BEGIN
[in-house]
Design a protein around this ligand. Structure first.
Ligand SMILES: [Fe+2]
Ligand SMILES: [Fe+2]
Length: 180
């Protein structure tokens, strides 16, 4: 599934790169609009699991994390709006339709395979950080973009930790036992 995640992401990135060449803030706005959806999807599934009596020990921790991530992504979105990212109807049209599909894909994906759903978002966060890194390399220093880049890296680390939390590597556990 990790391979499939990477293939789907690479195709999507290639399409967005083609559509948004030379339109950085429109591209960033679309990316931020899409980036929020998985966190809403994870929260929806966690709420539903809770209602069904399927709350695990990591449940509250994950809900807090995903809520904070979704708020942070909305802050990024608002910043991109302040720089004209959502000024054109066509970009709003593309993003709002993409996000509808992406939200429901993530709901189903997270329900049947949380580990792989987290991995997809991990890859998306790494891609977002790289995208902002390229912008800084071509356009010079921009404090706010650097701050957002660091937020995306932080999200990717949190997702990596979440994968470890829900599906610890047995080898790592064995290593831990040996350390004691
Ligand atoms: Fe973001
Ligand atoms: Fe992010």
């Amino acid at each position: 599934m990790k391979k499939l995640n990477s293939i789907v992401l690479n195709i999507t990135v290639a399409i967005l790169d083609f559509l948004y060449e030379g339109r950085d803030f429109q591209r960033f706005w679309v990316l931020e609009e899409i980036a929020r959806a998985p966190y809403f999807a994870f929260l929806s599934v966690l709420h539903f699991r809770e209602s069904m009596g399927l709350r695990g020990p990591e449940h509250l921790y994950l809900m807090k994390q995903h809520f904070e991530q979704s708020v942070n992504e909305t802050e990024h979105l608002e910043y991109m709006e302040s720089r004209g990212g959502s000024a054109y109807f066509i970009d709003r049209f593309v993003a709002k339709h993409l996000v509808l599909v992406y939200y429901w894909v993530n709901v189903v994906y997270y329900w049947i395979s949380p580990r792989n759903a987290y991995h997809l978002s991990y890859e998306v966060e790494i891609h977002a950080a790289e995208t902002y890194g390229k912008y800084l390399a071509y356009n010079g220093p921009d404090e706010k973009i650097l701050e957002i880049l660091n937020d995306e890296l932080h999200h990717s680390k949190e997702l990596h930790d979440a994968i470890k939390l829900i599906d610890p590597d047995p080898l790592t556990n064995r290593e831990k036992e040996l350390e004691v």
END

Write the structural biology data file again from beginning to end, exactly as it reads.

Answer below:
[in-house]
Design a protein around this ligand. Structure first.
Ligand SMILES: [Fe+2]
Ligand SMILES: [Fe+2]
Length: 180
């Protein structure tokens, strides 16, 4: 599934790169609009699991994390709006339709395979950080973009930790036992 995640992401990135060449803030706005959806999807599934009596020990921790991530992504979105990212109807049209599909894909994906759903978002966060890194390399220093880049890296680390939390590597556990 990790391979499939990477293939789907690479195709999507290639399409967005083609559509948004030379339109950085429109591209960033679309990316931020899409980036929020998985966190809403994870929260929806966690709420539903809770209602069904399927709350695990990591449940509250994950809900807090995903809520904070979704708020942070909305802050990024608002910043991109302040720089004209959502000024054109066509970009709003593309993003709002993409996000509808992406939200429901993530709901189903997270329900049947949380580990792989987290991995997809991990890859998306790494891609977002790289995208902002390229912008800084071509356009010079921009404090706010650097701050957002660091937020995306932080999200990717949190997702990596979440994968470890829900599906610890047995080898790592064995290593831990040996350390004691
Ligand atoms: Fe973001
Ligand atoms: Fe992010």
């Amino acid at each position: 599934m990790k391979k499939l995640n990477s293939i789907v992401l690479n195709i999507t990135v290639a399409i967005l790169d083609f559509l948004y060449e030379g339109r950085d803030f429109q591209r960033f706005w679309v990316l931020e609009e899409i980036a929020r959806a998985p966190y809403f999807a994870f929260l929806s599934v966690l709420h539903f699991r809770e209602s069904m009596g399927l709350r695990g020990p990591e449940h509250l921790y994950l809900m807090k994390q995903h809520f904070e991530q979704s708020v942070n992504e909305t802050e990024h979105l608002e910043y991109m709006e302040s720089r004209g990212g959502s000024a054109y109807f066509i970009d709003r049209f593309v993003a709002k339709h993409l996000v509808l599909v992406y939200y429901w894909v993530n709901v189903v994906y997270y329900w049947i395979s949380p580990r792989n759903a987290y991995h997809l978002s991990y890859e998306v966060e790494i891609h977002a950080a790289e995208t902002y890194g390229k912008y800084l390399a071509y356009n010079g220093p921009d404090e706010k973009i650097l701050e957002i880049l660091n937020d995306e890296l932080h999200h990717s680390k949190e997702l990596h930790d979440a994968i470890k939390l829900i599906d610890p590597d047995p080898l790592t556990n064995r290593e831990k036992e040996l350390e004691v």